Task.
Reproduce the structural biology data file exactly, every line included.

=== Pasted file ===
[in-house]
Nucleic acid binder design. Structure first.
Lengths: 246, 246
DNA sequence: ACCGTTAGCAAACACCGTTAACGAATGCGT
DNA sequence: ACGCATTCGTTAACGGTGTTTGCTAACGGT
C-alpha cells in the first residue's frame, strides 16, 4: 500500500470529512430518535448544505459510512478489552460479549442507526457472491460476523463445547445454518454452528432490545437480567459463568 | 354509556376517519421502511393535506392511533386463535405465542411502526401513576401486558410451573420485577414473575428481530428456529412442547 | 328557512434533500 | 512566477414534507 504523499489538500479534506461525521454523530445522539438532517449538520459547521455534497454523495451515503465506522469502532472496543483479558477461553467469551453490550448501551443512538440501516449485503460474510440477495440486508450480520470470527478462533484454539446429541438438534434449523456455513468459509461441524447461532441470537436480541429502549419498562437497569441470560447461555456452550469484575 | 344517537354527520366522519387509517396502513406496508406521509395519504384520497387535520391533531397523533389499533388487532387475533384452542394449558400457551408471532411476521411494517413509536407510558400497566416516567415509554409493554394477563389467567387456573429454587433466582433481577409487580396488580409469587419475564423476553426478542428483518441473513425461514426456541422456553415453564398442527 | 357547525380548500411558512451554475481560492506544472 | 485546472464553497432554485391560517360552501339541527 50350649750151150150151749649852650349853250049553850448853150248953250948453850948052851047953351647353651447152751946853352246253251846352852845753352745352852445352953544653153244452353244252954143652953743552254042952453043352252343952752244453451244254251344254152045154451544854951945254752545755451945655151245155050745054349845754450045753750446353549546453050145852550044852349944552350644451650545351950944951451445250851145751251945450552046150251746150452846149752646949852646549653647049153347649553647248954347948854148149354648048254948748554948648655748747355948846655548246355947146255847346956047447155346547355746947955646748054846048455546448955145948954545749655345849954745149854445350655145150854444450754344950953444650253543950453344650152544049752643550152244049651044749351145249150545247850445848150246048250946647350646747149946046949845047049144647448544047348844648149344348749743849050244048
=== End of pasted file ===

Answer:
[in-house]
Nucleic acid binder design. Structure first.
Lengths: 246, 246
DNA sequence: ACCGTTAGCAAACACCGTTAACGAATGCGT
DNA sequence: ACGCATTCGTTAACGGTGTTTGCTAACGGT
C-alpha cells in the first residue's frame, strides 16, 4: 500500500470529512430518535448544505459510512478489552460479549442507526457472491460476523463445547445454518454452528432490545437480567459463568 | 354509556376517519421502511393535506392511533386463535405465542411502526401513576401486558410451573420485577414473575428481530428456529412442547 | 328557512434533500 | 512566477414534507 504523499489538500479534506461525521454523530445522539438532517449538520459547521455534497454523495451515503465506522469502532472496543483479558477461553467469551453490550448501551443512538440501516449485503460474510440477495440486508450480520470470527478462533484454539446429541438438534434449523456455513468459509461441524447461532441470537436480541429502549419498562437497569441470560447461555456452550469484575 | 344517537354527520366522519387509517396502513406496508406521509395519504384520497387535520391533531397523533389499533388487532387475533384452542394449558400457551408471532411476521411494517413509536407510558400497566416516567415509554409493554394477563389467567387456573429454587433466582433481577409487580396488580409469587419475564423476553426478542428483518441473513425461514426456541422456553415453564398442527 | 357547525380548500411558512451554475481560492506544472 | 485546472464553497432554485391560517360552501339541527 50350649750151150150151749649852650349853250049553850448853150248953250948453850948052851047953351647353651447152751946853352246253251846352852845753352745352852445352953544653153244452353244252954143652953743552254042952453043352252343952752244453451244254251344254152045154451544854951945254752545755451945655151245155050745054349845754450045753750446353549546453050145852550044852349944552350644451650545351950944951451445250851145751251945450552046150251746150452846149752646949852646549653647049153347649553647248954347948854148149354648048254948748554948648655748747355948846655548246355947146255847346956047447155346547355746947955646748054846048455546448955145948954545749655345849954745149854445350655145150854444450754344950953444650253543950453344650152544049752643550152244049651044749351145249150545247850445848150246048250946647350646747149946046949845047049144647448544047348844648149344348749743849050244048